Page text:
Forest bathing anyone?
Forest Bathing. Have you heard of it? We're not talking about some kind of expensive spa treatment or washing ritual, we're talking about a tech-free, time-out, stillness and quiet enjoyment of a beautiful wild place. And best of all, it's free. Ancient forests, particularly cedar trees give the biggest hit.
Apparently, forest bathing is the next best antidote to our busy, stressy, wired and screened-up lives. Research shows that many of us spend 5-7 hours a day on screens, certainly that checking smartphones several times an hour is very normal.
It's not rocket science to work out that an 'always on' mentality isn't good for us. And that yoga once or twice a week just doesn't really cut it as a balance to always 'being switched on'.
So, if you want to take a tech-free holiday, go the next step and go to unplug and recharge in nature. Poven benefits of forest bathing include a drop in blood pressure, lower stress levels, better mood and self-esteem, better memory, and even creativity.
In Japan it's called 'Shinrin Yoku', and it has become a cornerstone of preventive health care and healing in mainstream medicine, with it regularly being prescribed as a solution by healthcare professionals.
First scientifically recognised in the 1980’s, it's seen as a solution to ‘nature deficit disorder’, a term coined by Richard Louv, author of the 2008 bestseller Last Child in the Woods.
Interestingly, whilst theoretically it’s any forest that will help you relax, it’s ancient forest that will give you the biggest boost. So try to head for areas of old growth forest. Cedar trees are the best - and there is some compelling science to back that up*.
Thankfully tho' help is at hand. England has plenty of lovely trees, amazing forests, great parks, and with organisations like The National Trust, Campaign to Protect Rural England and English Nature, not to mention the National Parks, we don't have many excuses to argue that nature isn't accessible for us Brits.
Thankfully the New Forest, isn't new. Most of the trees are hundreds of years old. Over 1000 are over 400 years old. The mapping is still incomplete. The New Forest is believed to have the highest concentration of ancient trees in Western Europe. Immensely old, and full of character and charisma, ancient trees are rare. They have been sculpted by time and revered by generations of local people.
They are great survivors, and have lived through remarkable changes in the world around them. Many were fully grown trees when the Roundheads and Cavaliers were fighting the English Civil War or even when Elizabeth I defeated the Spanish Armada.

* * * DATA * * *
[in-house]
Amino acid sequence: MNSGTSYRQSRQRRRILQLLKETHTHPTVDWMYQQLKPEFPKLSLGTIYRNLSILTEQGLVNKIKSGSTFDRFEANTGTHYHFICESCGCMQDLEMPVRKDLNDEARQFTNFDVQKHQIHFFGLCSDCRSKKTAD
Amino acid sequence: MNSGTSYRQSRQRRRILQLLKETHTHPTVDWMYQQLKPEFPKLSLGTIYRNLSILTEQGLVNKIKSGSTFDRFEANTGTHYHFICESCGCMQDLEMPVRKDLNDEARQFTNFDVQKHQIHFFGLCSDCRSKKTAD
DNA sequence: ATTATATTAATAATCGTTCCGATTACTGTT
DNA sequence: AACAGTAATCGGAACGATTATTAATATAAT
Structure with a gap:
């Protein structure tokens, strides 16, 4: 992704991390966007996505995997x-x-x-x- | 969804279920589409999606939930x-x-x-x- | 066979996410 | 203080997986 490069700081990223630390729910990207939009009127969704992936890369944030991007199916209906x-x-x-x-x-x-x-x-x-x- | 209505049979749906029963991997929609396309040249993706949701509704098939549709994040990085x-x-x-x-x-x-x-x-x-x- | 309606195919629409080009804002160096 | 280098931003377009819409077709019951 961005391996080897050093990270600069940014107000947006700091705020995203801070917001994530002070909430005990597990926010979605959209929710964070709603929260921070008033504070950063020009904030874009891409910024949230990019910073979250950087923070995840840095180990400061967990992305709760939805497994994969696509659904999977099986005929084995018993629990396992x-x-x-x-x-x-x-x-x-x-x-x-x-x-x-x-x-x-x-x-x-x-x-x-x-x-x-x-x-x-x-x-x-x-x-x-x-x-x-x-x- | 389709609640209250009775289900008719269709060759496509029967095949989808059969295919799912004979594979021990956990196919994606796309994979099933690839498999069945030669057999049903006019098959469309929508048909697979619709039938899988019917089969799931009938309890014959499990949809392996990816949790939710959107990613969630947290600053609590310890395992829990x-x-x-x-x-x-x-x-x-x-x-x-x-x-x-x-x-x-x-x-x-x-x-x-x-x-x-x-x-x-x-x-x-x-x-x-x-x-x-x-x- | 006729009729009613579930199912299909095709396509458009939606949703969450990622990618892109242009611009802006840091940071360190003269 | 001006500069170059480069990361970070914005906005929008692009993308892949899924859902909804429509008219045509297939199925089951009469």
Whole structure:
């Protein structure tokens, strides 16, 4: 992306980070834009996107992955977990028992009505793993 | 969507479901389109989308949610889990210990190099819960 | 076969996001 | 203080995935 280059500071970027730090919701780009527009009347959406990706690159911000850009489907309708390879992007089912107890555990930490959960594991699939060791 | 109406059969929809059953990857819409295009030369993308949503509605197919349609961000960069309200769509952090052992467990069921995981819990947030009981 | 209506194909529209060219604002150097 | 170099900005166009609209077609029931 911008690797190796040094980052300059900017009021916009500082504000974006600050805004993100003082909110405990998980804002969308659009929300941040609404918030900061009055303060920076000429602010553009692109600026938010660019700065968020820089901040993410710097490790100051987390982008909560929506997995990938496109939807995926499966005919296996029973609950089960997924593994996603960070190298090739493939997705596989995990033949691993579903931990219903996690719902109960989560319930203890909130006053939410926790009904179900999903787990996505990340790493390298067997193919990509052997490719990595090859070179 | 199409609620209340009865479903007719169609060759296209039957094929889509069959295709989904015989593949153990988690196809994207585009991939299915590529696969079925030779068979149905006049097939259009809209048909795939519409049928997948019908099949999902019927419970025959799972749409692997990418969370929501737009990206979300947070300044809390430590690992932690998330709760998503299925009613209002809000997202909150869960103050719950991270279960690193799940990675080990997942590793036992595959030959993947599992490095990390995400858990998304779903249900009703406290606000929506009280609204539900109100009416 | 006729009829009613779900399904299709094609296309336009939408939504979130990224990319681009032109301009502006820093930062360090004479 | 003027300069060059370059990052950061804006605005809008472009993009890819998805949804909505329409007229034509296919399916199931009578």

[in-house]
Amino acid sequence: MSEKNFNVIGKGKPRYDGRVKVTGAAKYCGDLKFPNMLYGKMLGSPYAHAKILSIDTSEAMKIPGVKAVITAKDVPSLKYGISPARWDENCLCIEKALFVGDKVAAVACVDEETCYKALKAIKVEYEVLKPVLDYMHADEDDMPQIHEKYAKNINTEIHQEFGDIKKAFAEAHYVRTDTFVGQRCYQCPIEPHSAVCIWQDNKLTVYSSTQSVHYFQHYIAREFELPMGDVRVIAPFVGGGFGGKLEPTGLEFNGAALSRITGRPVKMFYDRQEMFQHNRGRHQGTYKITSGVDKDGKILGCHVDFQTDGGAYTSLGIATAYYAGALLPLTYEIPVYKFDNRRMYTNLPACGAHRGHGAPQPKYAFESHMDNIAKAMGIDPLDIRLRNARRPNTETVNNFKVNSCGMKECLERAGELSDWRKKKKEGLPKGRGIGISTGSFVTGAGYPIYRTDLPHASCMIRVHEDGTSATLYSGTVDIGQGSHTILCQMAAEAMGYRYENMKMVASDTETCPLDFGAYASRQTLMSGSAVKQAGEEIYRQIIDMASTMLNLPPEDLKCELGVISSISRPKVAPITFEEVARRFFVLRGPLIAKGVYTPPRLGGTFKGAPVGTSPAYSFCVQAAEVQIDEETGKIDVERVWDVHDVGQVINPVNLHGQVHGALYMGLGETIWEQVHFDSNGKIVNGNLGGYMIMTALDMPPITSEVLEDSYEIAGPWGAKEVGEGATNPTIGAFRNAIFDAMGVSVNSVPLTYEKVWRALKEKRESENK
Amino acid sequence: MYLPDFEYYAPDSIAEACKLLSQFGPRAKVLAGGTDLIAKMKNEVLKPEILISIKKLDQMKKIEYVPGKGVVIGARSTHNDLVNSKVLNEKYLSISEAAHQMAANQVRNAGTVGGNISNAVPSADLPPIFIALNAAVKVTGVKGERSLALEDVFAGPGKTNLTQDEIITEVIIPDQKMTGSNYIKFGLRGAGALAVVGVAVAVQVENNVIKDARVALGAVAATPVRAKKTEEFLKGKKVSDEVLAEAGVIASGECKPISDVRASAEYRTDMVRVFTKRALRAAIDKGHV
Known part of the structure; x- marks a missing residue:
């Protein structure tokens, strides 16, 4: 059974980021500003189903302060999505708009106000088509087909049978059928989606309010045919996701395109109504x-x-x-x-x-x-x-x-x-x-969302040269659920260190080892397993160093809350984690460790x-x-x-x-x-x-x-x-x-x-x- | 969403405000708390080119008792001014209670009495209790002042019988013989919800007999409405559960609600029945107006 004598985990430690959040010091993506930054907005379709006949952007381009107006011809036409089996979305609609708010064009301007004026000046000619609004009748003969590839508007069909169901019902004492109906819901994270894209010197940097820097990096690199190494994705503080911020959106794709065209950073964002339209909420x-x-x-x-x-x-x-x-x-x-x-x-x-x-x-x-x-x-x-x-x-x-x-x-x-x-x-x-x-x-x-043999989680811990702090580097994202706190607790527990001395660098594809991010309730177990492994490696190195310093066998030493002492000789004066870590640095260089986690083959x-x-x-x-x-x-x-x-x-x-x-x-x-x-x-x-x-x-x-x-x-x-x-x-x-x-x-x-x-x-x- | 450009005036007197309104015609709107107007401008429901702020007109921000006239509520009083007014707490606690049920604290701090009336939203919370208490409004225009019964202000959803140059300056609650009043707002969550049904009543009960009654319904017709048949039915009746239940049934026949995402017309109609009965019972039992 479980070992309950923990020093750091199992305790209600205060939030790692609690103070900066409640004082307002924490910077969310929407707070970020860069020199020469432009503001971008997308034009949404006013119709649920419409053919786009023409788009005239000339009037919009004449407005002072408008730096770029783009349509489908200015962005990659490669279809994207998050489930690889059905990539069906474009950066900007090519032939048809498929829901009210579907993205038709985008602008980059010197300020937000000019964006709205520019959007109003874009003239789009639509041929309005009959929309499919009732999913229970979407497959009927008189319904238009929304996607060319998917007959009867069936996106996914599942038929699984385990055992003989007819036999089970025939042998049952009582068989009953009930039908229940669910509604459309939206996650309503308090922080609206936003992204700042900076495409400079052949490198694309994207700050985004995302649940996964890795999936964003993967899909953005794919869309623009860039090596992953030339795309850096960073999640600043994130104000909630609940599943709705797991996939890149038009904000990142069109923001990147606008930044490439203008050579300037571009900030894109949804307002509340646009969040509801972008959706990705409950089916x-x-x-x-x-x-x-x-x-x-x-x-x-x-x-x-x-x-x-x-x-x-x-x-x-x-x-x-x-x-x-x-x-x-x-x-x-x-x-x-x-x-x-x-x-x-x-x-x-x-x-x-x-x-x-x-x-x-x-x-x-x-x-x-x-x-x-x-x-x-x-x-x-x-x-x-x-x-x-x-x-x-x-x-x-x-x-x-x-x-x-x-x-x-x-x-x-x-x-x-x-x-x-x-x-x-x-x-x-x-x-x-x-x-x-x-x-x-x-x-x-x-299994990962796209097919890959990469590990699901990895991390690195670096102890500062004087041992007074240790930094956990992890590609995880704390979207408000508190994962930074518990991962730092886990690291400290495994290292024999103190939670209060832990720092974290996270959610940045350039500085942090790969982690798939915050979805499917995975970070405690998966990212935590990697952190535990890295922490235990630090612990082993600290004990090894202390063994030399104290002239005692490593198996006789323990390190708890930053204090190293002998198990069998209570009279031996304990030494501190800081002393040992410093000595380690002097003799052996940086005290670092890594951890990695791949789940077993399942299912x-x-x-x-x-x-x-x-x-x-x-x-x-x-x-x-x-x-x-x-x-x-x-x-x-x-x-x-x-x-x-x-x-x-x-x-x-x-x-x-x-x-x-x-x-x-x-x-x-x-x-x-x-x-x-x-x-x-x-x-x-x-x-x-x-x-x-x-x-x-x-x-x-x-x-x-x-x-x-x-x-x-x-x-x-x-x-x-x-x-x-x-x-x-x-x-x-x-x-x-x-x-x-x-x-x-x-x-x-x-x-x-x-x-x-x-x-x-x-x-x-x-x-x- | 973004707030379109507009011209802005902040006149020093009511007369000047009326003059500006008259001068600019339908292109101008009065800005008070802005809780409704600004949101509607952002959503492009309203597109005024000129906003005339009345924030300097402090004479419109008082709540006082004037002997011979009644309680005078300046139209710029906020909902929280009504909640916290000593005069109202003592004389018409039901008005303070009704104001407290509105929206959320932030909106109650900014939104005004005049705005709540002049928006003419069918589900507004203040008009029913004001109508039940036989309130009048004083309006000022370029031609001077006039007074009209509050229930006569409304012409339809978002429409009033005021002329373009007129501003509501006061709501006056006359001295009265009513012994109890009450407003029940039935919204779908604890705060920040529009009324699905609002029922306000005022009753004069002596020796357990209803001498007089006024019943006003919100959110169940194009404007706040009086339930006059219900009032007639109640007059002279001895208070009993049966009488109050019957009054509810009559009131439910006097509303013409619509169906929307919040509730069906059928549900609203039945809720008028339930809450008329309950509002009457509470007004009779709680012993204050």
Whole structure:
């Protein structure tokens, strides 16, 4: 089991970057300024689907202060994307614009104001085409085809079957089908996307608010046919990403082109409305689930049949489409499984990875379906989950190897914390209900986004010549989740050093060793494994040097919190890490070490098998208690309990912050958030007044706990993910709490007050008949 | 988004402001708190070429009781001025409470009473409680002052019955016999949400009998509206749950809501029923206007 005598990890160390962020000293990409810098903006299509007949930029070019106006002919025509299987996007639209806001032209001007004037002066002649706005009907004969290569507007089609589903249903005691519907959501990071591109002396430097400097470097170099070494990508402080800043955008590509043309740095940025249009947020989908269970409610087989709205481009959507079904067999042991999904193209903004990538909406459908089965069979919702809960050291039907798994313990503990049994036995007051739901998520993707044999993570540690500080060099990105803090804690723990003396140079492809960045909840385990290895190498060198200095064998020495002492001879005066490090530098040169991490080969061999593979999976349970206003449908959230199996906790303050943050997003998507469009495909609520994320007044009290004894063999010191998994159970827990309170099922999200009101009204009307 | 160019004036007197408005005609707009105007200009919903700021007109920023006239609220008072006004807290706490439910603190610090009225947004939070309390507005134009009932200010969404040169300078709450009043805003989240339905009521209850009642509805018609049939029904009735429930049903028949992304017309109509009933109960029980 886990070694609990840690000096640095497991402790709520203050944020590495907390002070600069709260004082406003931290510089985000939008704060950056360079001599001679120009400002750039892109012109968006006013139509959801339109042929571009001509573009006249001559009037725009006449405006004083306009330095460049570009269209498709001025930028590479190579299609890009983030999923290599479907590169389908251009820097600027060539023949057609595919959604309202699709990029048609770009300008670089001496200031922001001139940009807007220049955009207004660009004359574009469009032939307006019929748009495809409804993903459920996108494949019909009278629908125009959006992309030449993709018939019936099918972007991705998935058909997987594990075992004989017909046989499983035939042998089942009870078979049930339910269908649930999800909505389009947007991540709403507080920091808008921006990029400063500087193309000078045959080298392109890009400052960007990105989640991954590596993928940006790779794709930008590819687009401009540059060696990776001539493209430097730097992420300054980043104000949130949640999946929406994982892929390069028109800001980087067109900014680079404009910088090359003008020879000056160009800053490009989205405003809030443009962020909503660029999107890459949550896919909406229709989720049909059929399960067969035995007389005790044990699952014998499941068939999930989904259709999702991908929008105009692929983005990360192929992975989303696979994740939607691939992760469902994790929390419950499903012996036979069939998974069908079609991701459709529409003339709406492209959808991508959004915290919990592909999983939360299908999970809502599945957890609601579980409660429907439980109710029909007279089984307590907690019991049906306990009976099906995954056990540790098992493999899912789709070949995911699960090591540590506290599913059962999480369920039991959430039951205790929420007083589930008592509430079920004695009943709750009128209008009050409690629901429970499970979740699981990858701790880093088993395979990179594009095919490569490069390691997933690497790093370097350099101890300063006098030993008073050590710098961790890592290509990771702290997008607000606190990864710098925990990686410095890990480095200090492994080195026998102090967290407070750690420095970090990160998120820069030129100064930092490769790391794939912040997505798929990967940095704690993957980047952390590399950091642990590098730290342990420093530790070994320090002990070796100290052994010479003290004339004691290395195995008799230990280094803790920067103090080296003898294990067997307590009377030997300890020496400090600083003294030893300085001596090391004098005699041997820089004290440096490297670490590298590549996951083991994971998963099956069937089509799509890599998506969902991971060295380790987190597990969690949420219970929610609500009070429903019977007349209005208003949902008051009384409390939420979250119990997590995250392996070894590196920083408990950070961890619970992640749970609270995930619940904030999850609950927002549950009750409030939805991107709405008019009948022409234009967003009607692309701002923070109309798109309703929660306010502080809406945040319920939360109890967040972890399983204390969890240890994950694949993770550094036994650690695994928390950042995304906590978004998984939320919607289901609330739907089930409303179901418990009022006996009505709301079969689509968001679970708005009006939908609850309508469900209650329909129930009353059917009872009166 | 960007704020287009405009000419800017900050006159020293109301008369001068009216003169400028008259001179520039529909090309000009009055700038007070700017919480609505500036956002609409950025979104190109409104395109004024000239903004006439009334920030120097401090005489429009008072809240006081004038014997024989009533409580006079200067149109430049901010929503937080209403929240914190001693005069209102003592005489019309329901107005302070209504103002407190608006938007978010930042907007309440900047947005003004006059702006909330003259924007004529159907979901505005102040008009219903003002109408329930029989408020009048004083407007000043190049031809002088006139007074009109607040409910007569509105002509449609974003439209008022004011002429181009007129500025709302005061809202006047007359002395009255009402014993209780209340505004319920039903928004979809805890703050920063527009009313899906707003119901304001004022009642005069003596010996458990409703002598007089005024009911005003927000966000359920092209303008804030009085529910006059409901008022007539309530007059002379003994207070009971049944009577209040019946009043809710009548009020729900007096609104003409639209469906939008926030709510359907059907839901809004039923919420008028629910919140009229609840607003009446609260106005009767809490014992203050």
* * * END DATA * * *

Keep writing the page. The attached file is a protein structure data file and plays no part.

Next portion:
A couple of our favourite areas are:
• Rhinefield Ornamental Drive - The tiny lane is bordered in parts by huge cedars and there are good car parks along the way with clearly marked trails to get off into the woods. Get off those trails, even by just a 30 second meander and you’ll find yourself all alone, under whopper trees, with no one, bar the odd deer or owl, to bother you. Here's a route we love.
• Ranswood, near Beaulieu - Head north, north east and north west for 1/2 a mile and you’ll be in the big trees, enjoying dappling sunlight, bird calls and mossy tree trunks. Get your fix and head back to Beaulieu for a good local lunch at Steph's Kitchen and top up on great local ingredients from John the Butcher at Beaulieu Organic Farm Shop.
- Walk from the Walter Tyrell pub near Lyndhurst in almost any direction and you'll find giant trees surround you. The oaks have a dense canopy and there are few tracks - you can wander anywhere. You might bump into the Rufus Stone. (A famous rock so named after King William II, whose nickname was Rufus (ancient term for redhead) who was shot here, accidentally (and possibly on purpose) by the his very own and best archer, a Frenchman called Walter Tyrell. Mnsr WT bolted back to France after the gaff, but no one was sorry for the king who was generally disliked. I digress....the trees there are very lovely....
- Royden Woods near the tiny village of Pilley (home of the Filly Inn, the oldest Inn in the forest) is according to The Telegraph in 2015, one of the best bluebell woods in Britain. Out of bluebell season you'll find Scandinavian style silver birch forests, massive oaks in grassy clearings, and, if you can get up at sparrows fart, a dawn chorus to blow your mind.